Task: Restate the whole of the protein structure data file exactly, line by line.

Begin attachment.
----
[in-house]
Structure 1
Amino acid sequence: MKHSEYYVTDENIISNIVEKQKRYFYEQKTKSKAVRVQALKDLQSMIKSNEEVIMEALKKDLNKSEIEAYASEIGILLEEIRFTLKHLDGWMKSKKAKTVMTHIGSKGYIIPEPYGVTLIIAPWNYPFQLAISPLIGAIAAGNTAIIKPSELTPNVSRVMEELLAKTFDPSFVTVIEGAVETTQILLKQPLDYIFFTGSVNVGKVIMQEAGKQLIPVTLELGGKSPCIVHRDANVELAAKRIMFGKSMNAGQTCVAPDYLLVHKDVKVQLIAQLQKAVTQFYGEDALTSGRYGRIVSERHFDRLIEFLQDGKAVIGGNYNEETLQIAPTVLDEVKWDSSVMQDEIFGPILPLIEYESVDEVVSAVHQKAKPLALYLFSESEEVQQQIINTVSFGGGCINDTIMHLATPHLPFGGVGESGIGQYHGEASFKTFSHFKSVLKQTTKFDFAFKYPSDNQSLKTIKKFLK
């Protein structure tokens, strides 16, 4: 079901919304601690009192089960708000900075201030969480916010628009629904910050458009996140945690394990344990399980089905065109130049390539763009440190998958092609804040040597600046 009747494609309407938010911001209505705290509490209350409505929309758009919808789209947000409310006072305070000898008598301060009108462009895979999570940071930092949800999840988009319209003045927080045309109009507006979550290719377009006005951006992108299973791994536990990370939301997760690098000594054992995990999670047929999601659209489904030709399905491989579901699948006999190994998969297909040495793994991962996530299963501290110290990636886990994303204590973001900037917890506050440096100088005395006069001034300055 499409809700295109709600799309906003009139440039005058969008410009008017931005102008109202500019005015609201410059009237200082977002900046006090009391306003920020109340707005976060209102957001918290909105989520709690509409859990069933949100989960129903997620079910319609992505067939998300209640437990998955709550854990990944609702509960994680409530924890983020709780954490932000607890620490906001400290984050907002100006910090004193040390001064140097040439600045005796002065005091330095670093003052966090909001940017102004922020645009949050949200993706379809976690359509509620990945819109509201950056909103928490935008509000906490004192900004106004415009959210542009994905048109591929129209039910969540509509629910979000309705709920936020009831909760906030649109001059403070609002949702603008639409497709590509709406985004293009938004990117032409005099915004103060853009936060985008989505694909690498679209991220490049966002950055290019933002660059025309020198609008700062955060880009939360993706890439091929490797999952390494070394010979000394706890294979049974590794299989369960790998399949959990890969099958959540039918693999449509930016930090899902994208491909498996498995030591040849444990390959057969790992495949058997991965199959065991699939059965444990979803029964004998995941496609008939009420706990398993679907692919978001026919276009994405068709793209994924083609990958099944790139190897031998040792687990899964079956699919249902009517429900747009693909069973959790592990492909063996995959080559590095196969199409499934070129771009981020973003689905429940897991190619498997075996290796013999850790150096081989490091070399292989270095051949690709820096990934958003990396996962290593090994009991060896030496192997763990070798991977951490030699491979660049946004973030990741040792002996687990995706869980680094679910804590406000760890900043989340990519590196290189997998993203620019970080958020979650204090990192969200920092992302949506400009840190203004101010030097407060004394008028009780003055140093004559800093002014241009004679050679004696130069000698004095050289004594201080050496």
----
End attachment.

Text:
[in-house]
Structure 1
Amino acid sequence: MKHSEYYVTDENIISNIVEKQKRYFYEQKTKSKAVRVQALKDLQSMIKSNEEVIMEALKKDLNKSEIEAYASEIGILLEEIRFTLKHLDGWMKSKKAKTVMTHIGSKGYIIPEPYGVTLIIAPWNYPFQLAISPLIGAIAAGNTAIIKPSELTPNVSRVMEELLAKTFDPSFVTVIEGAVETTQILLKQPLDYIFFTGSVNVGKVIMQEAGKQLIPVTLELGGKSPCIVHRDANVELAAKRIMFGKSMNAGQTCVAPDYLLVHKDVKVQLIAQLQKAVTQFYGEDALTSGRYGRIVSERHFDRLIEFLQDGKAVIGGNYNEETLQIAPTVLDEVKWDSSVMQDEIFGPILPLIEYESVDEVVSAVHQKAKPLALYLFSESEEVQQQIINTVSFGGGCINDTIMHLATPHLPFGGVGESGIGQYHGEASFKTFSHFKSVLKQTTKFDFAFKYPSDNQSLKTIKKFLK
């Protein structure tokens, strides 16, 4: 079901919304601690009192089960708000900075201030969480916010628009629904910050458009996140945690394990344990399980089905065109130049390539763009440190998958092609804040040597600046 009747494609309407938010911001209505705290509490209350409505929309758009919808789209947000409310006072305070000898008598301060009108462009895979999570940071930092949800999840988009319209003045927080045309109009507006979550290719377009006005951006992108299973791994536990990370939301997760690098000594054992995990999670047929999601659209489904030709399905491989579901699948006999190994998969297909040495793994991962996530299963501290110290990636886990994303204590973001900037917890506050440096100088005395006069001034300055 499409809700295109709600799309906003009139440039005058969008410009008017931005102008109202500019005015609201410059009237200082977002900046006090009391306003920020109340707005976060209102957001918290909105989520709690509409859990069933949100989960129903997620079910319609992505067939998300209640437990998955709550854990990944609702509960994680409530924890983020709780954490932000607890620490906001400290984050907002100006910090004193040390001064140097040439600045005796002065005091330095670093003052966090909001940017102004922020645009949050949200993706379809976690359509509620990945819109509201950056909103928490935008509000906490004192900004106004415009959210542009994905048109591929129209039910969540509509629910979000309705709920936020009831909760906030649109001059403070609002949702603008639409497709590509709406985004293009938004990117032409005099915004103060853009936060985008989505694909690498679209991220490049966002950055290019933002660059025309020198609008700062955060880009939360993706890439091929490797999952390494070394010979000394706890294979049974590794299989369960790998399949959990890969099958959540039918693999449509930016930090899902994208491909498996498995030591040849444990390959057969790992495949058997991965199959065991699939059965444990979803029964004998995941496609008939009420706990398993679907692919978001026919276009994405068709793209994924083609990958099944790139190897031998040792687990899964079956699919249902009517429900747009693909069973959790592990492909063996995959080559590095196969199409499934070129771009981020973003689905429940897991190619498997075996290796013999850790150096081989490091070399292989270095051949690709820096990934958003990396996962290593090994009991060896030496192997763990070798991977951490030699491979660049946004973030990741040792002996687990995706869980680094679910804590406000760890900043989340990519590196290189997998993203620019970080958020979650204090990192969200920092992302949506400009840190203004101010030097407060004394008028009780003055140093004559800093002014241009004679050679004696130069000698004095050289004594201080050496």